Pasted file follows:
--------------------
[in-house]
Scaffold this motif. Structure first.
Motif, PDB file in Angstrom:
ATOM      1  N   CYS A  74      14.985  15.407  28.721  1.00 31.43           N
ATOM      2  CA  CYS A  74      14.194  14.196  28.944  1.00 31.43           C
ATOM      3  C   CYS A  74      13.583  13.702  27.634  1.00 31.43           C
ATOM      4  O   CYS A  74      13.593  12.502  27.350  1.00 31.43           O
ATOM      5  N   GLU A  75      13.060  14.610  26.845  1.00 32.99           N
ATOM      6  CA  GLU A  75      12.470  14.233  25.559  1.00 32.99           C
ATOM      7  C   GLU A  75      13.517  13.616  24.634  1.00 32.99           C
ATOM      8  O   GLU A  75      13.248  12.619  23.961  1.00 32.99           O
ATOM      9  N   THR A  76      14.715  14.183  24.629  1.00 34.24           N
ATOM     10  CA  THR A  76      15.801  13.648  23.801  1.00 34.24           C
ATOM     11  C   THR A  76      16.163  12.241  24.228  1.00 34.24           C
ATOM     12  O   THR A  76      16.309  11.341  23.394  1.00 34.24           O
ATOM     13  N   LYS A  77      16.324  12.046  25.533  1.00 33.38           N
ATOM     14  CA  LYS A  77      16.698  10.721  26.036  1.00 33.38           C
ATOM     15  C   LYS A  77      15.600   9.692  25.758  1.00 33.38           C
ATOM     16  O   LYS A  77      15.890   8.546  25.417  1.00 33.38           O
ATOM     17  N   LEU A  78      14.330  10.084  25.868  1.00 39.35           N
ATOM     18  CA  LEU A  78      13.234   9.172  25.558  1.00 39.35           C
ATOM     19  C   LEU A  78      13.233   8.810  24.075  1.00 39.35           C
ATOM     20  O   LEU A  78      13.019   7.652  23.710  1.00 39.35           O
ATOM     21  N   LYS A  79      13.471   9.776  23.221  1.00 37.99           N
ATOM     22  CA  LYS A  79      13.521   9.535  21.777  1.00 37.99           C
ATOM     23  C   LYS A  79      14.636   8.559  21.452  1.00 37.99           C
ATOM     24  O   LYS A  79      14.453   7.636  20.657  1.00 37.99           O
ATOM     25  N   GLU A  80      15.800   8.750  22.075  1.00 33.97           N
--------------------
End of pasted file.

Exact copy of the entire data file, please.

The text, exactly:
[in-house]
Scaffold this motif. Structure first.
Motif, PDB file in Angstrom:
ATOM      1  N   CYS A  74      14.985  15.407  28.721  1.00 31.43           N
ATOM      2  CA  CYS A  74      14.194  14.196  28.944  1.00 31.43           C
ATOM      3  C   CYS A  74      13.583  13.702  27.634  1.00 31.43           C
ATOM      4  O   CYS A  74      13.593  12.502  27.350  1.00 31.43           O
ATOM      5  N   GLU A  75      13.060  14.610  26.845  1.00 32.99           N
ATOM      6  CA  GLU A  75      12.470  14.233  25.559  1.00 32.99           C
ATOM      7  C   GLU A  75      13.517  13.616  24.634  1.00 32.99           C
ATOM      8  O   GLU A  75      13.248  12.619  23.961  1.00 32.99           O
ATOM      9  N   THR A  76      14.715  14.183  24.629  1.00 34.24           N
ATOM     10  CA  THR A  76      15.801  13.648  23.801  1.00 34.24           C
ATOM     11  C   THR A  76      16.163  12.241  24.228  1.00 34.24           C
ATOM     12  O   THR A  76      16.309  11.341  23.394  1.00 34.24           O
ATOM     13  N   LYS A  77      16.324  12.046  25.533  1.00 33.38           N
ATOM     14  CA  LYS A  77      16.698  10.721  26.036  1.00 33.38           C
ATOM     15  C   LYS A  77      15.600   9.692  25.758  1.00 33.38           C
ATOM     16  O   LYS A  77      15.890   8.546  25.417  1.00 33.38           O
ATOM     17  N   LEU A  78      14.330  10.084  25.868  1.00 39.35           N
ATOM     18  CA  LEU A  78      13.234   9.172  25.558  1.00 39.35           C
ATOM     19  C   LEU A  78      13.233   8.810  24.075  1.00 39.35           C
ATOM     20  O   LEU A  78      13.019   7.652  23.710  1.00 39.35           O
ATOM     21  N   LYS A  79      13.471   9.776  23.221  1.00 37.99           N
ATOM     22  CA  LYS A  79      13.521   9.535  21.777  1.00 37.99           C
ATOM     23  C   LYS A  79      14.636   8.559  21.452  1.00 37.99           C
ATOM     24  O   LYS A  79      14.453   7.636  20.657  1.00 37.99           O
ATOM     25  N   GLU A  80      15.800   8.750  22.075  1.00 33.97           N